By Pam Martens and Russ Martens: June 12, 2014
Eric Cantor’s campaign may have eaten its way through $168,000 of steak dinners but big players on Wall Street are eating crow.
Between 2000 and 2007, Goldman Sachs’ Chairman and CEO, Lloyd Blankfein, personally stuffed $73,500 into the Democratic Senatorial Campaign Committee to help elect Democrats to Federal office. But by 2012, Blankfein had decided that “Every Republican is Crucial” and gave just defeated Virginia Republican and House Majority Leader Eric Cantor’s leadership PAC by the same name $5,000 in 2012 and another $5,000 in 2013. In addition, Blankfein gave the Cantor Victory Fund $10,200 on December 6, 2013 according to receipts at the Federal Election Commission.
In the 2013-2014 election cycle, Goldman Sachs’ employees and/or their family members gave a total of $88,500 to Cantor’s leadership PAC – which sluices money to Republican candidates around the country – and another $16,600 to Cantor’s campaign according to the Center for Responsive Politics.
Cantor’s “Every Republican is Crucial” leadership PAC (which goes by the acronym ERIC PAC) says on its web site that it is “determined to take our country back, House district by House district.” With the House Majority leader now soundly defeated in Tuesday’s primary in Virginia by an upstart economics professor supported by the Tea Party, David Brat, who took 56 percent of the vote and sprinkled his speeches with the phrase “crony capitalism,” Wall Street money may not be able to travel from Gotham across state lines as effectively as it once did.
In addition to Goldman Sachs, among the top four corporations giving the most to Cantor’s leadership PAC and his campaign committee combined, three are Wall Street entities: Goldman Sachs, Blackstone Group, and serially in trouble Citigroup. Rounding out the top four is Big Tobacco representative, Altria, previously known as Philip Morris.
On June 14, 2013, Stephen Schwarzman, Chairman and CEO of Blackstone, gave the ERIC PAC $5,000. In total, Blackstone employees and their family members gave the Cantor campaign and his leadership PAC $96,000. Blackstone’s corporate PAC gave another $7,000 according to records from the FEC and the Center for Responsive Politics.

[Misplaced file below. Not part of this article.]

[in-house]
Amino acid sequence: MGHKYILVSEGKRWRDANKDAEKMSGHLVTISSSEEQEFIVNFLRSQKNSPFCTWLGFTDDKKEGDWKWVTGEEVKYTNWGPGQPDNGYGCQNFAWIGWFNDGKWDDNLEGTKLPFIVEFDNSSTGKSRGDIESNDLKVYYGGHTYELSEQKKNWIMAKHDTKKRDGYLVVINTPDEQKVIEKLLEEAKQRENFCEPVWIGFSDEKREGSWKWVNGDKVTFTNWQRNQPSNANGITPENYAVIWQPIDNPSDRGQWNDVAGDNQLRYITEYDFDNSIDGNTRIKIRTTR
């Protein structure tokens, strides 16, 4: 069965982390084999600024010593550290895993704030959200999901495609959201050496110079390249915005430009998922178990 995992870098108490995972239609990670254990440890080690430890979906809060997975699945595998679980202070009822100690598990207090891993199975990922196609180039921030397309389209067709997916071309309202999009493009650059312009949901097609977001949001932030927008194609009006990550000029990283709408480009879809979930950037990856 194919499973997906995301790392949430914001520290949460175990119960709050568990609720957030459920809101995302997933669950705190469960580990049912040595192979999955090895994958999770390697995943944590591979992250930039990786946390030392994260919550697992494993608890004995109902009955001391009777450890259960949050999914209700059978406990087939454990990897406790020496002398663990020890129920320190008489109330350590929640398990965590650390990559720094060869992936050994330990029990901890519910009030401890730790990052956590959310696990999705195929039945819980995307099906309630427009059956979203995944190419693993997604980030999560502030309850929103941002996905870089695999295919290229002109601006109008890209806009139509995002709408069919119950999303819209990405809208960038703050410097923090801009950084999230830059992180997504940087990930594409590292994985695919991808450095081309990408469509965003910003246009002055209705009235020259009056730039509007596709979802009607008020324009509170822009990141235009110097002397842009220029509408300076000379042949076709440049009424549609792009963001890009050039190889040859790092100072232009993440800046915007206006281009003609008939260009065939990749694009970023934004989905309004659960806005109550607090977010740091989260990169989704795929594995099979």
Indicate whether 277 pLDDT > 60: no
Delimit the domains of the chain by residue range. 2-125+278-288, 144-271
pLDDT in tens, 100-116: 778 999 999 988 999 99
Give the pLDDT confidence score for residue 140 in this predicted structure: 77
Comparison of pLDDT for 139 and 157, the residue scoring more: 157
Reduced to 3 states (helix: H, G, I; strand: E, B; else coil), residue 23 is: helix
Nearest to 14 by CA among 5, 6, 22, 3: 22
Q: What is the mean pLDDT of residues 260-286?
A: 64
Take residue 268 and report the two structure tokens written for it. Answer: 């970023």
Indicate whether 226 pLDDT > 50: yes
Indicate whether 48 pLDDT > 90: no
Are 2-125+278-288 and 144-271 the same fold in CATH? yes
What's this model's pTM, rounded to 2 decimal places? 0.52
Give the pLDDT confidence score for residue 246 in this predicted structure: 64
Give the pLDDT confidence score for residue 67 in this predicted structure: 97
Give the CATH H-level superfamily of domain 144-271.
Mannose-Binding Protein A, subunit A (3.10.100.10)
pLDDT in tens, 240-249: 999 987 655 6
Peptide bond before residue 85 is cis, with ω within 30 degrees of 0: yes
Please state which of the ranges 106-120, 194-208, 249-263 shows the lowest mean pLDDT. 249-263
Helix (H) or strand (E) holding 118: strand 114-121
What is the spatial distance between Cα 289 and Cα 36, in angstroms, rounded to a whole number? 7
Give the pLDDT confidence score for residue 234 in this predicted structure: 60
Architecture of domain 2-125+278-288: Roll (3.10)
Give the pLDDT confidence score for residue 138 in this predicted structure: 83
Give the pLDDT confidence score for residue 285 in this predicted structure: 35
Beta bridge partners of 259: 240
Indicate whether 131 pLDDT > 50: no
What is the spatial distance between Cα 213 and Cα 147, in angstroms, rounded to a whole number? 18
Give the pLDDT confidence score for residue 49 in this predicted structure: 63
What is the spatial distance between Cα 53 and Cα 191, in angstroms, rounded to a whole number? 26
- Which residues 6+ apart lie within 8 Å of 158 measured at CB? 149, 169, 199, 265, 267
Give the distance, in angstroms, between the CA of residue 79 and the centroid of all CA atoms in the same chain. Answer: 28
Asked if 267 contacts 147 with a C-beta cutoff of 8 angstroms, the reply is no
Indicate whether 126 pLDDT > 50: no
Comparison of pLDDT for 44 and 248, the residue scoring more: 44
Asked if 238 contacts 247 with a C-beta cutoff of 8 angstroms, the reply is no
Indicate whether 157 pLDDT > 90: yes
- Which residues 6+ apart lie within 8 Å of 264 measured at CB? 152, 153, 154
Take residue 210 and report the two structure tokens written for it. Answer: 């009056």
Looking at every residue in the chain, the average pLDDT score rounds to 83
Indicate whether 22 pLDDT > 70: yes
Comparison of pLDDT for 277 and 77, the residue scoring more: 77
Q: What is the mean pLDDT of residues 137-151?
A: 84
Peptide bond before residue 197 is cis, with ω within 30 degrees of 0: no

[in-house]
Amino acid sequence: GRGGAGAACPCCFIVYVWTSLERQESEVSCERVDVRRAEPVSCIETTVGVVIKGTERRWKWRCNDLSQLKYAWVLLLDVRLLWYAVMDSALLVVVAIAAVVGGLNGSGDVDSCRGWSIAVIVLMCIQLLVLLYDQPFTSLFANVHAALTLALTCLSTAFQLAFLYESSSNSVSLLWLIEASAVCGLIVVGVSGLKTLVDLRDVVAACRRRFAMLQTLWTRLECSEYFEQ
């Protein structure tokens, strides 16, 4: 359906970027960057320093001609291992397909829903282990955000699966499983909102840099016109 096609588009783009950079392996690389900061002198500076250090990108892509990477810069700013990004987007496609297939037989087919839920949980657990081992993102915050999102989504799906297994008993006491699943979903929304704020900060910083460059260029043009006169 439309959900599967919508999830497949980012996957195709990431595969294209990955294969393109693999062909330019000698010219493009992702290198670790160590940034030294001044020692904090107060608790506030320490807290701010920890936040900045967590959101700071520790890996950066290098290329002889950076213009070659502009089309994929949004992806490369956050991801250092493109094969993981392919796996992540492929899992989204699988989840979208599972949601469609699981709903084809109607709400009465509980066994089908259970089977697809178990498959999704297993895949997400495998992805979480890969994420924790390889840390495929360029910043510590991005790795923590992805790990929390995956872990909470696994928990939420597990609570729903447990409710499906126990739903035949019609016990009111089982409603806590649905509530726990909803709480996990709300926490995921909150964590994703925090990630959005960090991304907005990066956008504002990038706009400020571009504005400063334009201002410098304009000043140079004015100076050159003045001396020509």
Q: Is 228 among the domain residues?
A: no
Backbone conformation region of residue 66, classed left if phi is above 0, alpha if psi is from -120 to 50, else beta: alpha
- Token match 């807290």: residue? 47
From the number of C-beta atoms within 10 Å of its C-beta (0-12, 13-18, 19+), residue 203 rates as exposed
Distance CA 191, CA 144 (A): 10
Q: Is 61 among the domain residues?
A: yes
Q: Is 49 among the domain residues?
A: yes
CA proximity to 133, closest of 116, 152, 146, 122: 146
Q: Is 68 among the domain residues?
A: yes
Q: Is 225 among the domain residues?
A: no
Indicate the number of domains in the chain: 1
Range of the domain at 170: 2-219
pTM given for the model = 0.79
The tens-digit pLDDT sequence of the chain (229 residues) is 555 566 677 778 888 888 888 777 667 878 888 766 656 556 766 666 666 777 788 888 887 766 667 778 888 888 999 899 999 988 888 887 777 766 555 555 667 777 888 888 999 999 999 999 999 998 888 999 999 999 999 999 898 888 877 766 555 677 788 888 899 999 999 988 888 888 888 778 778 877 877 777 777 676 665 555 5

Citigroup employees and their family members gave $54,750 to Cantor’s leadership PAC or his campaign while the Citigroup corporate PAC chipped in another $10,000 according to the FEC and the Center for Responsive Politics.
You are no doubt waiting to understand how and why the progressive university, NYU, ended up in the top four donors to the Cantor campaign (but not in the top four of those giving to both his leadership PAC and election campaign).
According to the Center for Responsive Politics, there are three NYU listings within the top 100 donors to Cantor’s campaign: NYU Langone Medical Center at $18,050; New York University at $13,950; and NYU Medical Center at $11,400. (In all cases, the monies came from employees of the NYU entities or their family members, not the nonprofit organizations themselves.) If you add those sums together, that’s $43,400, putting this progressive university in the top four of donors to this decidedly not progressive candidate. How did this happen?
According to James Covert, writing at the New York Post in July of last year, billionaire Ken Langone who is Chairman of the Board at NYU Langone Medical Center, was directly soliciting donations for Cantor at the NYU Medical Center and irked a number of faculty in doing so. One professor told the Post: “I think some people could feel pressured and threatened if they don’t show up to these events.”
Langone is Chairman of the investment bank, Invemed, and has populated the Board of NYU Langone Medical Center with a sprawling assortment of hedge fund and private equity titans as well as top dogs on Wall Street like Gary Cohn, President and COO of Goldman Sachs and Jamie Dimon, Chairman and CEO of JPMorgan Chase.
In addition to Langone backing Cantor, the long-serving Chairman of NYU itself, Marty Lipton of the Wall Street go-to law firm, Wachtell, Lipton, Rosen & Katz, personally chipped in $2600 to Cantor via his Cantor for Congress committee on December 17, 2013 according to the FEC.
NYU has received withering criticism by both its faculty and the media for turning itself into a corporate model of obscene perks while students suffer under one of the highest rates of tuition in the nation and crushing student debt that has a decidedly unsavory odor to it.